Project Description

Picture: courtesy of A. Avdeenko / A. Bohne


In an ongoing project in cooperation with the GIZ Ethiopia and the Ethiopian Government we analyze the impacts of improved soil fertility management methods in Ethiopia’s highlands on agricultural practices and productivity.

The second most populated country on the African continent, Ethiopia is also one of the least urbanized countries in the world, with 80% of the population residing in rural areas (ECOSOC 2016), mostly in the highlands, where the overwhelming part of cultivable land is to be found (Mulualem & Yebo, 2015). Accordingly, a large share of the population (about 85%, CSA 2015) relies on agriculture as a main source of income. In spite of the importance of the agricultural sector and of the natural potential of the highland region, both soil fertility and agricultural yields remain low and poverty and under-nutrition are widespread. A complex set of biophysical, soil-related and socio-economic factors underlie the phenomenon. The rugged topography of highland areas, as well as the brevity and intensity of rain, result in strong natural erosion. Man-made factors accelerate soil erosion and degradation. The use of inappropriate agricultural methods such as (mineral) fertilizer as a blanket solution, deforestation or overgrazing exacerbate the situation. The increasing soil degradation comes along with rapid demographic growth, both factors leading to undermined food insecurity.


To increase agricultural productivity and thereby reduce farmers’ vulnerability, an integrated soil fertility management project (ISFM+) was launched in 2015 in Amhara, Oromia and Tigray Regional States of Ethiopia. The project is led by the German Agency for International Cooperation (GIZ) in close cooperation with the Ethiopian Government (Ethiopian Ministry of Agriculture and Natural Resources (MoANR)), and has been commissioned by the German Federal Ministry for Economic Cooperation and Development (BMZ). ISFM+ focuses on soil protection and rehabilitation in the Ethiopian highlands, and aims at influencing the soil characteristics in ways that optimize plant growth and improve the availability of scarce nutrients. The integrated approach chosen makes use of farmers’ own resources and farming practices, including conserving soil and water, and crop rotation in the fields. It targets in particular wheat, maize and teff production. Through advice, capacity building and support to Ethiopia’s agricultural extension service and agricultural bureaus, the project is expected to achieve a wider use of integrated soil fertility management technologies and increased crop yields.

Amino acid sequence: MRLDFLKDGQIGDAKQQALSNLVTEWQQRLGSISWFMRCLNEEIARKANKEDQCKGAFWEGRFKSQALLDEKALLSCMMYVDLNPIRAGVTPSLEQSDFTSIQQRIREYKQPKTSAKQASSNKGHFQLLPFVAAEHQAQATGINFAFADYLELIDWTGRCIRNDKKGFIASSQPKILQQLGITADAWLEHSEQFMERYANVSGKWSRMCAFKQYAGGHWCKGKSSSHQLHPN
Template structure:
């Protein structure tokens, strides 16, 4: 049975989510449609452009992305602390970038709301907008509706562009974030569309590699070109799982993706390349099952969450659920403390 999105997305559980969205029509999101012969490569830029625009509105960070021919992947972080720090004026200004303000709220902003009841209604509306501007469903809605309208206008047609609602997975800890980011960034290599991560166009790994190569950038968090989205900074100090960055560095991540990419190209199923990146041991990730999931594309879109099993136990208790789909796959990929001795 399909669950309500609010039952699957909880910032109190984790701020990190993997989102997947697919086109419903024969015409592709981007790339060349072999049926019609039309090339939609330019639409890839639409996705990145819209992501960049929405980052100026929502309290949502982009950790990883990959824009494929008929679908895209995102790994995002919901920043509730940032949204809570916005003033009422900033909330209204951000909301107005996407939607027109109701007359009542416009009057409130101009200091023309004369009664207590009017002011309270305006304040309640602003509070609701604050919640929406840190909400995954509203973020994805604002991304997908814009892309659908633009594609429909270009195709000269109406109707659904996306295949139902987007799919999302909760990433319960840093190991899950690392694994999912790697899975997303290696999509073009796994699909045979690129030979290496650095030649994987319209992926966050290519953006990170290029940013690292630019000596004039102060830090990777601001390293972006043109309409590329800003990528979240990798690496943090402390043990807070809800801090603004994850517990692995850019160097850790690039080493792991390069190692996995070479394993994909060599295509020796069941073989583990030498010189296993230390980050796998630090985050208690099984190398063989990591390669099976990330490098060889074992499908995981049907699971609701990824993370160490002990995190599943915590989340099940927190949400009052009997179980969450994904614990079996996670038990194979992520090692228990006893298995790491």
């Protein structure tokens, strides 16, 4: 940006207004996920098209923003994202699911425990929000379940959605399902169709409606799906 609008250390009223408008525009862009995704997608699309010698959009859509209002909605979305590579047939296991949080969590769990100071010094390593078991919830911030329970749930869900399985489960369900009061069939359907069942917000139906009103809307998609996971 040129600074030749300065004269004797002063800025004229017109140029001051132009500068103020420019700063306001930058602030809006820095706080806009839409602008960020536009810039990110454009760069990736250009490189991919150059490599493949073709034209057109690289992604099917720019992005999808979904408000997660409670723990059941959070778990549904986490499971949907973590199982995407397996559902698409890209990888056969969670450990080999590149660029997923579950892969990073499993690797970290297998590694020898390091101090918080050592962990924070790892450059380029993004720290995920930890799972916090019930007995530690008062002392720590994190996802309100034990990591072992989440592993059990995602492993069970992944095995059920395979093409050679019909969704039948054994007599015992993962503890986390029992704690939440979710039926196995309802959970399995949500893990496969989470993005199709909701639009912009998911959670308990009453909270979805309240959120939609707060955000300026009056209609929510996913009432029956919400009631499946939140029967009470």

The research approach, a randomized controlled trial (RCT), allows for rigorous assessment of the project’s impacts by comparing treatment, control and super-control micro- watersheds (MWS) as units of intervention. This impact evaluation will contribute to the effectiveness of the ISFM+’s training-based program by providing knowledge on soil productivity, farmers’ attitudes toward innovative technologies, evidence of farmers already employing practices similar to those introduced by the project, and more generally, farmers’ agricultural approaches. The insights generated by the evaluation will thereby inform soil-protection and food-security strategies.